Party’s over


The Babylonians knew how to party; in fact, I get the impression they didn’t do anything halfway.

King Nebuchadnezzar was pretty full of himself despite being warned in a dream, interpreted by the captive Israelite named Daniel (of future lions’ den fame).  The outcome of the king’s pride was remarkable, but was unfortunately not duly noted by his young descendant and the current sovereign, King Belshazzar. 

 So, back to the party.

One thousand strong with plenty of intoxicating liquid, mixed with plenty of everything else, makes for a somewhat Continue reading “Party’s over”

A Parent’s Prayer


I like to call this “A Parent’s Prayer”.  Anyone who’s been a parent for, say, more than 60 seconds can relate to the feelings of: a) overwhelming affection and, b) overwhelming responsibility.  As uncomfortable as it may seem, all of us are born into a war zone; we call it Earth.  And it’s been a spiritual war zone since before Eve discovered apple pie.  So this prayer of David speaks to me of the spiritual warfare that we, as parents, are never discharged from.  But we have the best-ever assistance from our Captain.  Pray this over your family, no matter what circumstances looks like– Continue reading “A Parent’s Prayer”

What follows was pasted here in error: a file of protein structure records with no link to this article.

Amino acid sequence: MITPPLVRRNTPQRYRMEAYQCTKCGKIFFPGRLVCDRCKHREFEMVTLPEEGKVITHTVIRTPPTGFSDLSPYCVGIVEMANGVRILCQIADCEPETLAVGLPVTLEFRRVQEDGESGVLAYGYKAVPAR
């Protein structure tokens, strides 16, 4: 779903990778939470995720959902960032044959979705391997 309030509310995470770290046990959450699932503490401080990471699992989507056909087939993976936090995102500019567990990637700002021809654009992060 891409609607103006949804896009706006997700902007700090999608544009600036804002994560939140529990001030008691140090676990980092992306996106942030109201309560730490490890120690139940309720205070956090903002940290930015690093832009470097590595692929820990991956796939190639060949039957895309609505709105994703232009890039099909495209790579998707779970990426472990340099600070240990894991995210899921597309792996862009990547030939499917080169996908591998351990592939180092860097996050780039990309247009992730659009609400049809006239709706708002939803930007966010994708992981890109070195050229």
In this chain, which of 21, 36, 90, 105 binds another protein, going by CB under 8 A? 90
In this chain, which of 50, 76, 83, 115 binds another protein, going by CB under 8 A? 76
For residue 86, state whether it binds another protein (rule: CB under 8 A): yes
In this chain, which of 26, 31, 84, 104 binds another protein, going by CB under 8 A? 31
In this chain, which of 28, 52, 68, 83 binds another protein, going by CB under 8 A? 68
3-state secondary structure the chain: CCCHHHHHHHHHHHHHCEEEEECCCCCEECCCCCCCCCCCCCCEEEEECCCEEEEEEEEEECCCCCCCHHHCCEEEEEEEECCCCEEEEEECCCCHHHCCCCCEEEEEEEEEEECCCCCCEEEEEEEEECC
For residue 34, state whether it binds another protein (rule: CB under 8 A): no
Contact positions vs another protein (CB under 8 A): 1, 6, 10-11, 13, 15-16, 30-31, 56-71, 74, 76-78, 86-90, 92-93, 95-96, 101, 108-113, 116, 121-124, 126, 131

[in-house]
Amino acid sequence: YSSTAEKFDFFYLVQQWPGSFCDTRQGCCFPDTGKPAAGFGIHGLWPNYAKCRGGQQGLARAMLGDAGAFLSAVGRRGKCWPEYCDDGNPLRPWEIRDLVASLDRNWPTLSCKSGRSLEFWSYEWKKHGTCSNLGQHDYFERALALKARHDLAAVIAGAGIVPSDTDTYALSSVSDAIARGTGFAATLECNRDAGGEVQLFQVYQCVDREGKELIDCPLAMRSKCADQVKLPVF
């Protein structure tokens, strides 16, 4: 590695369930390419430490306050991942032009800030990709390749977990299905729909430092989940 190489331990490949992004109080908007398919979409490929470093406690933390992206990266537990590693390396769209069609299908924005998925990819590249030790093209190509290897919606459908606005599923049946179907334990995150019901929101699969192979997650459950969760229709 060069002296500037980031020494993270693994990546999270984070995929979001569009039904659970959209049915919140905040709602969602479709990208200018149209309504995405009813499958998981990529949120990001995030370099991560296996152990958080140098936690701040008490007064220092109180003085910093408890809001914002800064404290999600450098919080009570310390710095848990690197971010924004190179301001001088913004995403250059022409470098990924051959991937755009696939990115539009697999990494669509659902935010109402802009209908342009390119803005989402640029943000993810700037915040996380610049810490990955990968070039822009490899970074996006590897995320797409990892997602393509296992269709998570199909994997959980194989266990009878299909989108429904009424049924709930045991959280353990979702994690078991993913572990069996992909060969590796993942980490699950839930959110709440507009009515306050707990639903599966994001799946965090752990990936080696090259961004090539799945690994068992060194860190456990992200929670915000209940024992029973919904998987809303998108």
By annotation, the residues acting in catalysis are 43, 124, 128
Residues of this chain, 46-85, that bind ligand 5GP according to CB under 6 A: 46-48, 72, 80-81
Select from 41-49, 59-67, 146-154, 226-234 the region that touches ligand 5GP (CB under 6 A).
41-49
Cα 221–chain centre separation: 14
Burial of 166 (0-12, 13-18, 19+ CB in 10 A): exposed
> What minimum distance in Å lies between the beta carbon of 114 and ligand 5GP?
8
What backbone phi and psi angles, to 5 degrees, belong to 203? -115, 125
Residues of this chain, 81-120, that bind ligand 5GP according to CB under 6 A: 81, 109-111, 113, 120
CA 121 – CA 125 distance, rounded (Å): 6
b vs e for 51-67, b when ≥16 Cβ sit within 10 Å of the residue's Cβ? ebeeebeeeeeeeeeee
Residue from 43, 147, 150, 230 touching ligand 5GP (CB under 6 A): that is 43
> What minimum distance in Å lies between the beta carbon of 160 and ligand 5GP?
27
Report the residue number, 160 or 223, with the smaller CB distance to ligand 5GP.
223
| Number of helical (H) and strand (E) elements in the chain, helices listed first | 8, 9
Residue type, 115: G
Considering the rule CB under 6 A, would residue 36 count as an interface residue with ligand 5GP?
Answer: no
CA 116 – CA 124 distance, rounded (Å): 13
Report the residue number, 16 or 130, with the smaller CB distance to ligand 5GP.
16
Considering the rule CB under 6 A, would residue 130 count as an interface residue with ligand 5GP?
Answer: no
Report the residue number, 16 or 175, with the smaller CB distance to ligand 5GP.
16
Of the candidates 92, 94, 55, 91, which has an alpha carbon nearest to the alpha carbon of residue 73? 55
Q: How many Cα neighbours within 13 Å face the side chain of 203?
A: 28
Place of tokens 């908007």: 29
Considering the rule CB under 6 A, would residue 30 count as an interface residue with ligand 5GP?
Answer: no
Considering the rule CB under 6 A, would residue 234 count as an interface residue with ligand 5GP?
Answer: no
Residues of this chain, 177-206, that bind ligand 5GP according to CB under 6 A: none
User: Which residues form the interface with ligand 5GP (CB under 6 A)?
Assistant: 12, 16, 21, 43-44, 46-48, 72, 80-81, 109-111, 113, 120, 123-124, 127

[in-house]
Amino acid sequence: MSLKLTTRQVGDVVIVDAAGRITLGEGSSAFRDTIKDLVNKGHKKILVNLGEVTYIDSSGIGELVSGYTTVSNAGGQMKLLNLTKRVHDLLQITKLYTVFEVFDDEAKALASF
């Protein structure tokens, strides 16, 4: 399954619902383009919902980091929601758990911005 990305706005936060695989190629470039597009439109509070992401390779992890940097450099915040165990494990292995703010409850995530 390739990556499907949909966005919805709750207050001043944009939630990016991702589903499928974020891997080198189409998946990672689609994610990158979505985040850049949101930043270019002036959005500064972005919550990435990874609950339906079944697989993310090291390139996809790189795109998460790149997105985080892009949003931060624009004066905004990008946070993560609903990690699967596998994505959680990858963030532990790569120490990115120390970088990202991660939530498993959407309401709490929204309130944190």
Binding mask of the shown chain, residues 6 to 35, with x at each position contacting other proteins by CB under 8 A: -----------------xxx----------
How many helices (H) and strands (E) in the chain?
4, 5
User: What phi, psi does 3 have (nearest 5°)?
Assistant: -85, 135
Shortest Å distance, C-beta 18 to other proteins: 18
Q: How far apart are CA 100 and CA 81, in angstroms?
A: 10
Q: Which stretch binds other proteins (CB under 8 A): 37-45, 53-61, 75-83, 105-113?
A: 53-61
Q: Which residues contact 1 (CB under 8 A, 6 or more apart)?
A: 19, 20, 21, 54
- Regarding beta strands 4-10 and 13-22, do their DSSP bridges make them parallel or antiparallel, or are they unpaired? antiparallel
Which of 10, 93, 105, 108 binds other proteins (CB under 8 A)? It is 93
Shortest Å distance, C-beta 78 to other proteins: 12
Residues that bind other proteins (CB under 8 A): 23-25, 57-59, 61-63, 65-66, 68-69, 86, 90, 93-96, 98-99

Where’s the delete button?!?!


I read somewhere that Norman Rockwell was not actually considered one of the truly great artists.  Okay, so maybe his photo-like images don’t grace the Sistine Chapel, but the Saturday Evening Post sure liked ‘em.  And even though Michelangelo’s “David” has probably moved many a sensitive heart, Rockwell’s “Four Freedoms” came at precarious time in our history when we needed reminding (and, BTW, still do) of what makes America great (and still does.)

I’m not an artist, and by no means do I profess to know what causes the moniker “truly great artist” to be conferred on someone.  And as such, I’m not “qualified” to even discuss art, at least at what would be Continue reading “Where’s the delete button?!?!”